“Republican or Democrat?” the old man asked, barely looking up from the other side of the table. “George,” his name tag said. I’d been waiting half an hour, listening to him ask the same question to everyone that approached his table. Each time he asked, my breath grew more shallow. Abandoning my roots to follow my convictions was absolutely as difficult as I imagined it would be.
For the past fifteen years I’ve voted in this same little church, but the lines had grown in proportion to the town. The whole country is buzzing about the primaries, and my community is no different. I looked over my shoulder one last time. I didn’t see one familiar face, thank God.
“Democrat,” I answered. My chest was tight, but I said it anyway. I wondered if the pen would slip out of my sweaty hands. George barely looked up over the rim of his brown plastic frames. “Sign on line fifteen of the white book.” There were far fewer names in the white book. Far fewer traitors in my hometown.
George handed me a yellow slip of paper and sent me to the next table to pick up my ballot. Switching my voter registration to Democrat reminded me of the day I stood with my wife and little boy, “moving our letter” to the Baptist Church, after growing up in an entirely different denomination. I took neither decision lightly.
The Democratic ballot was much shorter. No local offices were listed at all. No small town politician in Alabama is crazy enough to identify as a Democrat. In central Alabama, everybody knows the words “socialist” and “satanist” have the same syllables. To be a liberal in the South means you are a tree-hugging baby killer who drives a gas-sipper and wants to take away everyone’s guns. Yet I was doing it anyway.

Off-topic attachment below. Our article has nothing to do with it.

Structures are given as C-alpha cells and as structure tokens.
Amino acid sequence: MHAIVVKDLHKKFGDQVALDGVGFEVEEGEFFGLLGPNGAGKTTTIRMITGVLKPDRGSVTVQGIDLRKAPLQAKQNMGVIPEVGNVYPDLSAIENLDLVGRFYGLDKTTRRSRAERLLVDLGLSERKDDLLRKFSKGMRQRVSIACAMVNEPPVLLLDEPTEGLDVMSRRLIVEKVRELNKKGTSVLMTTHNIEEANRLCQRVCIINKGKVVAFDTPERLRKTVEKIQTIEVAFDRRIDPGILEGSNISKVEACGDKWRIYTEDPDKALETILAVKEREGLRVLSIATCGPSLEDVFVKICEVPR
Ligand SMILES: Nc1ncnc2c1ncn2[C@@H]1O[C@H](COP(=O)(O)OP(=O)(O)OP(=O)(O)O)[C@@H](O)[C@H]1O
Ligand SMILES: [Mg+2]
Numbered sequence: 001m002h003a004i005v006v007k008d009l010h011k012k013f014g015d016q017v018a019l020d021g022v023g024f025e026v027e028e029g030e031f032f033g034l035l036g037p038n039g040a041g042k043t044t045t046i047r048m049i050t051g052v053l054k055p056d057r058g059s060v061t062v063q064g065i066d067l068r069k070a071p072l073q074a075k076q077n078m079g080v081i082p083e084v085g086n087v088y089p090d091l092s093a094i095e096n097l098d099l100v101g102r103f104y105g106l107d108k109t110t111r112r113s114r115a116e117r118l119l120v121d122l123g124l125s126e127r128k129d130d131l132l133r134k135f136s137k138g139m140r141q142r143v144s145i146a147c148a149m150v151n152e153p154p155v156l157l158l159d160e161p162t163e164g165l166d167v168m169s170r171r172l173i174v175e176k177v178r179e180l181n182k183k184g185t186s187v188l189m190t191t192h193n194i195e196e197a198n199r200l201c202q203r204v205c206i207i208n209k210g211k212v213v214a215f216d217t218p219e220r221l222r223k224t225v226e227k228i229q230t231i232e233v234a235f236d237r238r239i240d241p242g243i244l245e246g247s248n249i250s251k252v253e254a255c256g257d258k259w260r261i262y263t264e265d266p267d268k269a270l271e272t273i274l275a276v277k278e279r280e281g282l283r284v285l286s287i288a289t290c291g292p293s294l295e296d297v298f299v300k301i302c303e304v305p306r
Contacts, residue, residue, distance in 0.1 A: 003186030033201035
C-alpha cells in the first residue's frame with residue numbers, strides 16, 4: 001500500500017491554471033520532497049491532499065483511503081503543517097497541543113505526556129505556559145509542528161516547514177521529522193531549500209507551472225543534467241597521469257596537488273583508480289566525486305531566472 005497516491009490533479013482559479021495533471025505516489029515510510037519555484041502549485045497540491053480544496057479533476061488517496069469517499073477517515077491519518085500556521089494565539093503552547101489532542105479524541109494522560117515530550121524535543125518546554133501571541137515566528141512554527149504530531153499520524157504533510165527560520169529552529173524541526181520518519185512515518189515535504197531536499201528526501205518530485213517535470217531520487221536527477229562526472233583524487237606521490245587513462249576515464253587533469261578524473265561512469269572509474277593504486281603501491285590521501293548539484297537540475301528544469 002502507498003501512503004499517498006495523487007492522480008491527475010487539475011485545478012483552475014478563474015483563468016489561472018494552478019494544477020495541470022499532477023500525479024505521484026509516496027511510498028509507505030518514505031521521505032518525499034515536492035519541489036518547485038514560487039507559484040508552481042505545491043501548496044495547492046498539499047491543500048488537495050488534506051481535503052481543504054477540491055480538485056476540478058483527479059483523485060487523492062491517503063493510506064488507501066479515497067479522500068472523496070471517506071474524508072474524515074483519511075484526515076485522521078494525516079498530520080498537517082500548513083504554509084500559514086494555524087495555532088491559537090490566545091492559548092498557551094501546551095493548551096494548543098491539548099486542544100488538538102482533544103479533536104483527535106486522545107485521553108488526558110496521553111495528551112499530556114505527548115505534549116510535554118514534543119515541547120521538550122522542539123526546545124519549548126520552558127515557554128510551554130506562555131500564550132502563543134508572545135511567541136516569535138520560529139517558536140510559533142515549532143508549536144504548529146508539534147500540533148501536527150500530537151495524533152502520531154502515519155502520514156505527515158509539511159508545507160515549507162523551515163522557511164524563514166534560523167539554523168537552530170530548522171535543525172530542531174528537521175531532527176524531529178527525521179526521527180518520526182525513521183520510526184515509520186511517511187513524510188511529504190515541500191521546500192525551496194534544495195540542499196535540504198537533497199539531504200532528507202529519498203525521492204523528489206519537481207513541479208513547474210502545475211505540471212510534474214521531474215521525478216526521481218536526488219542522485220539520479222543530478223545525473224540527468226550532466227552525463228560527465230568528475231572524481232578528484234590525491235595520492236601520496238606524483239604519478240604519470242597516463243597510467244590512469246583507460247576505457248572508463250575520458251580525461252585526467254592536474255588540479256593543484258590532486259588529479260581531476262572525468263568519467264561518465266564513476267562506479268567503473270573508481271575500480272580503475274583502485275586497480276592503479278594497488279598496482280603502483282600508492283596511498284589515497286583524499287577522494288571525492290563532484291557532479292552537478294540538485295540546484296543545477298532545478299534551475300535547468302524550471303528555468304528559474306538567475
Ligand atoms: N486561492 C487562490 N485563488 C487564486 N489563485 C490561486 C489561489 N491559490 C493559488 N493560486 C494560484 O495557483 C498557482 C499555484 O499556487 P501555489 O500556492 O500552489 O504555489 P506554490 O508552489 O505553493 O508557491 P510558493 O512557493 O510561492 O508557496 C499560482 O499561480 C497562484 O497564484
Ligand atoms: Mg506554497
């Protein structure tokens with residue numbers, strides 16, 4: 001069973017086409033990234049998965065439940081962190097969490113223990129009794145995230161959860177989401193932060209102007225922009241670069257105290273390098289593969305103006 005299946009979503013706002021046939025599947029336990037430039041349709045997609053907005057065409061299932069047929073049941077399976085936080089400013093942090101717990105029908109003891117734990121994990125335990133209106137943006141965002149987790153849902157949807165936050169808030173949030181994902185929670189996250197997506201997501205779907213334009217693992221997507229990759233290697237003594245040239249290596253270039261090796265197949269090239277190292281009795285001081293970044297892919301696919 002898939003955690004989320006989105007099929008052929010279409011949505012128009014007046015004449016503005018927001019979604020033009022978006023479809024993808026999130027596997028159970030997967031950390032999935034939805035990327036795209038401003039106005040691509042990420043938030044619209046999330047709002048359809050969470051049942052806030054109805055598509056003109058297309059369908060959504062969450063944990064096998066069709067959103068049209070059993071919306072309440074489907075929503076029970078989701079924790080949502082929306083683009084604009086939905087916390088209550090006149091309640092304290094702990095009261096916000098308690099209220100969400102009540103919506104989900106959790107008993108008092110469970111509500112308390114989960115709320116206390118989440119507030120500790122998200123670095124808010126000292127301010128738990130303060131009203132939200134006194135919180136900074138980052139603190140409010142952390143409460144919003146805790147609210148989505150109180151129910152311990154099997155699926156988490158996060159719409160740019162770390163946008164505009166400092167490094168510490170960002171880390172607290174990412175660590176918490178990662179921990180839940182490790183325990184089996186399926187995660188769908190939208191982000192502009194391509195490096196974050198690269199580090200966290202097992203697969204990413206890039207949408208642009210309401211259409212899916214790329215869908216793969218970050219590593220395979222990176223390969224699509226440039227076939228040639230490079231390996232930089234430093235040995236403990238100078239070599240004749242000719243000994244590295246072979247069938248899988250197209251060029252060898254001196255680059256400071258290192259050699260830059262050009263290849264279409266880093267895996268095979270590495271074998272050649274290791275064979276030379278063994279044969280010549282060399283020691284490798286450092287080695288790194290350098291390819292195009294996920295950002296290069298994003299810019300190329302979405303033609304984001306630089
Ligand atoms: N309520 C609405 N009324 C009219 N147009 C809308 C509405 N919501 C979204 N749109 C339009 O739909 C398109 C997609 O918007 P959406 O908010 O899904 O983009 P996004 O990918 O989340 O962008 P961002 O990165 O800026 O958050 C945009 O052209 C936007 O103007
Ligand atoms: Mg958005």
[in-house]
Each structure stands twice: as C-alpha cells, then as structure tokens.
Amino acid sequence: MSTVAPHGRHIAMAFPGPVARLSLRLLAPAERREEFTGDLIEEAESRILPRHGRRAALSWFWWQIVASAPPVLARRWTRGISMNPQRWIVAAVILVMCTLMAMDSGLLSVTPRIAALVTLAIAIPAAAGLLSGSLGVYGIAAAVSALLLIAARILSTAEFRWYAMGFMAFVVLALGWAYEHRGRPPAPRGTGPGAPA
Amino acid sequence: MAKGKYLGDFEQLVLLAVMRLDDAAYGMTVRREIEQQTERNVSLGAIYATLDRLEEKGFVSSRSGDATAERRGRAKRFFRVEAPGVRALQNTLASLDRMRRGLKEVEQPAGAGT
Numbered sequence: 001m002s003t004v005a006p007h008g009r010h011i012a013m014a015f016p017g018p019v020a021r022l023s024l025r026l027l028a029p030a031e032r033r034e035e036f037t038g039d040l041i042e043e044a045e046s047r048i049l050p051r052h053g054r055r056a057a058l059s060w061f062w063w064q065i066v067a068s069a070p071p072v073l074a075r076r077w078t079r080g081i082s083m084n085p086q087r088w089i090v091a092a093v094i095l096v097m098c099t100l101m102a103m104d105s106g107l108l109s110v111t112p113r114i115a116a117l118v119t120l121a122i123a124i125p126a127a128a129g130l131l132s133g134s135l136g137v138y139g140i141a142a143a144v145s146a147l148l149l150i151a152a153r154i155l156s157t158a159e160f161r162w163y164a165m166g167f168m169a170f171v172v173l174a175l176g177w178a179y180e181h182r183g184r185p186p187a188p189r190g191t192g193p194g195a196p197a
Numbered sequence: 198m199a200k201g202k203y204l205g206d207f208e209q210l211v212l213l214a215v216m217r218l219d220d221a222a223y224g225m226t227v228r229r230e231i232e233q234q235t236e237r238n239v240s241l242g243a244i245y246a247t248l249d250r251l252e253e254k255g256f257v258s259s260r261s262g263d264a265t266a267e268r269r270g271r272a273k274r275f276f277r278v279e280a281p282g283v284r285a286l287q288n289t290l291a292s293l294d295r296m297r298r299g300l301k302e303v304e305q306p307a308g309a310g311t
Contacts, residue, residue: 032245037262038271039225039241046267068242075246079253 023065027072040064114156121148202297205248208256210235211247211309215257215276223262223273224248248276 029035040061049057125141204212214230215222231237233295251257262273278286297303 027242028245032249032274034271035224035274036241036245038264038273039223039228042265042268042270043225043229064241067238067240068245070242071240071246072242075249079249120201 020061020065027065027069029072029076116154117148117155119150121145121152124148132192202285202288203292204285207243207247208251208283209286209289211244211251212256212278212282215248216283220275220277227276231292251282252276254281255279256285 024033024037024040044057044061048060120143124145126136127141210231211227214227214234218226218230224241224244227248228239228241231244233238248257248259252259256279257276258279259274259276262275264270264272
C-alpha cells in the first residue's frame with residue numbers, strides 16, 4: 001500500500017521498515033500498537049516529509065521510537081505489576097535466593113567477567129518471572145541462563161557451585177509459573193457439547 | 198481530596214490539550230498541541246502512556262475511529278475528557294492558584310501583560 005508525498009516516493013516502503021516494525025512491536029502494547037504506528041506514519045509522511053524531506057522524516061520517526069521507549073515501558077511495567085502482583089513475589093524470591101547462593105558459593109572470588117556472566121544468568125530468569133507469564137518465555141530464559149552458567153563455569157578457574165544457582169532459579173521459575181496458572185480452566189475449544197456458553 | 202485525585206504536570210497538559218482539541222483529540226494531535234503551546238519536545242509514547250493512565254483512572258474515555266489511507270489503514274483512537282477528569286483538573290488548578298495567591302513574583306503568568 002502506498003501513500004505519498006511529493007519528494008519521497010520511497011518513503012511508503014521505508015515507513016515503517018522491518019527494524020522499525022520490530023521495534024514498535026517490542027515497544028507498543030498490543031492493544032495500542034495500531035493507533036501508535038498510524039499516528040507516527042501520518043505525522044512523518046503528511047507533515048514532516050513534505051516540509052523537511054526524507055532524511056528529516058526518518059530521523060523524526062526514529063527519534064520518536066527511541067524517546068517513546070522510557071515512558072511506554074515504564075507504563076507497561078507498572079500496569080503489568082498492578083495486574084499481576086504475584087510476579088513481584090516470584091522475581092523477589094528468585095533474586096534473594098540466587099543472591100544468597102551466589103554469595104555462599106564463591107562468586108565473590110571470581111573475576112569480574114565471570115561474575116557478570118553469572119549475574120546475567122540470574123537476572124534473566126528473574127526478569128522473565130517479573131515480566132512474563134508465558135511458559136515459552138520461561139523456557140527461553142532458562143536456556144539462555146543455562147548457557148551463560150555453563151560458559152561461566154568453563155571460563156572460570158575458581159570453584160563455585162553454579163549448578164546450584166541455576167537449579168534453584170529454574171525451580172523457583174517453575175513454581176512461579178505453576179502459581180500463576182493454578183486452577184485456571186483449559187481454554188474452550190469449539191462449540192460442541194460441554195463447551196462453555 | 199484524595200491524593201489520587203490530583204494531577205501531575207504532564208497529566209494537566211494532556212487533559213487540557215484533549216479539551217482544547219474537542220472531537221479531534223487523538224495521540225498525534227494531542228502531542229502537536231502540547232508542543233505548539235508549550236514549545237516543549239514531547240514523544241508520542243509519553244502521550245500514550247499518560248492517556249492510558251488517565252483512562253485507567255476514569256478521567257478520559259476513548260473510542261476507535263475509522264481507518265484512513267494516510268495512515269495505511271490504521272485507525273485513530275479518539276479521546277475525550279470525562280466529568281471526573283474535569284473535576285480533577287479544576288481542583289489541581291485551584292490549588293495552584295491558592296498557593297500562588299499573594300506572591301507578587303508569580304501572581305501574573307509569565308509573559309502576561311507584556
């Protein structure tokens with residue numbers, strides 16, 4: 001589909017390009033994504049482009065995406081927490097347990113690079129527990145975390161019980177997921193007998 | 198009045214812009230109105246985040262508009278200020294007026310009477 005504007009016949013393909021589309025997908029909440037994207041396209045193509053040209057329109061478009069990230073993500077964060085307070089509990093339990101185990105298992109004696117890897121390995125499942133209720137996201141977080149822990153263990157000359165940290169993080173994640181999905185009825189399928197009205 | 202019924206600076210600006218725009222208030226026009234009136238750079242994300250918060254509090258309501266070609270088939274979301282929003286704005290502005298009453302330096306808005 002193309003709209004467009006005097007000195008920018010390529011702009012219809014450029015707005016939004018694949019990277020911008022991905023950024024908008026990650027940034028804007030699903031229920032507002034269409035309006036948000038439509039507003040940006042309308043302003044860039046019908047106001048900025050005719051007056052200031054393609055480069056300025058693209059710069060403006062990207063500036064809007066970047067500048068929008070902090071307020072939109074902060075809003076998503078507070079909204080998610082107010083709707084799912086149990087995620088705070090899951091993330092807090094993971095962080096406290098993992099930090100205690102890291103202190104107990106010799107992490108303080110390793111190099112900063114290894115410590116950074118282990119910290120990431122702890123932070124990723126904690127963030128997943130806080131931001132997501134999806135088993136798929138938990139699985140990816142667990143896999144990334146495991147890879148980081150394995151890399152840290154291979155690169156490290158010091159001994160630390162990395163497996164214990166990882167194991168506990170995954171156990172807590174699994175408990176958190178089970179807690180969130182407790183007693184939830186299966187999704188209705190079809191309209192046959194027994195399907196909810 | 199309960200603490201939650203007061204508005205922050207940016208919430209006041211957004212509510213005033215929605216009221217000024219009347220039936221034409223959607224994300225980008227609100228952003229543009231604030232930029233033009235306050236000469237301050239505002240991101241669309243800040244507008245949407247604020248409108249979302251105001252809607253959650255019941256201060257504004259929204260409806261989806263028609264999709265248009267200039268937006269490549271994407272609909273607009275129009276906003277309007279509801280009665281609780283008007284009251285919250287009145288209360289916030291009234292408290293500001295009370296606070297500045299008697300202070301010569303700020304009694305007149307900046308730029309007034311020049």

I looked over the ballot one last time. Hillary’s got a lot of baggage, but she seems to be the most Presidential of the bunch, I thought. I could hear the voices of my other closeted liberal friends, saying, “Jesus was a socialist Jew.” While that sounds great, voting for someone with the hashtag #feelthebern takes me back to sex Ed class, my freshman year of high school. I was leery of voting for someone whose campaign slogan sounds like symptoms of an STD. The struggle was definitely real.
I filled in the bubble and took a quick photo of my ballot to memorialize the day I sold my soul to the devil. As I slid my ballot into the machine, another little old man handed me an “I Voted” sticker. I half wondered if my tires wouldn’t be slashed by the time I returned to the parking lot. I don’t have any political bumper sticker on my car, but I had just joined the Dark Side.
I kept my eyes locked on my iPhone as I headed toward the exit. I didn’t want to make eye contact with anyone else in line, certain they could spot a brand-new raging, flaming liberal from a mile away.
What is one supposed to do, on the day they become a Democrat? I wondered. Did I need to change my profile picture to the image of the red, white, and blue “H”? Should I become vegan? Would I have to put one of those bumper stickers with all the pagan symbols on my car? More important, do I need to have a closed-door meeting with my pastor, so I can confess? I couldn’t imagine there being much worse.
Growing up, I heard people say you couldn’t be a Democrat and a Christian. Yet, my Granddad, one of the best men I’ve ever known, voted Democrat nearly all of his adult life. He also spoke rarely and kept his opinions to himself. Maybe he felt the panic of being a closet liberal, too. Or maybe he didn’t care. They were different times, with a whole other set of political rules. He grew up during the Great Depression and lived like an orphan for most of his childhood. He knew what it was like to grow up poor and powerless. I wish I had talked to him more about his politics.
I voted my conscience for the first time on Super Tuesday. I didn’t vote the same as most of my family or my church. I’m fully aware that the November map for Alabama is already colored red, but I voted my convictions anyway. I went against the flow, exercised my own rights, and stood up for what I believe. In my opinion, having the right to do that means America is still pretty great.
On Super Tuesday, I didn’t just become a Democrat. I became my own person.
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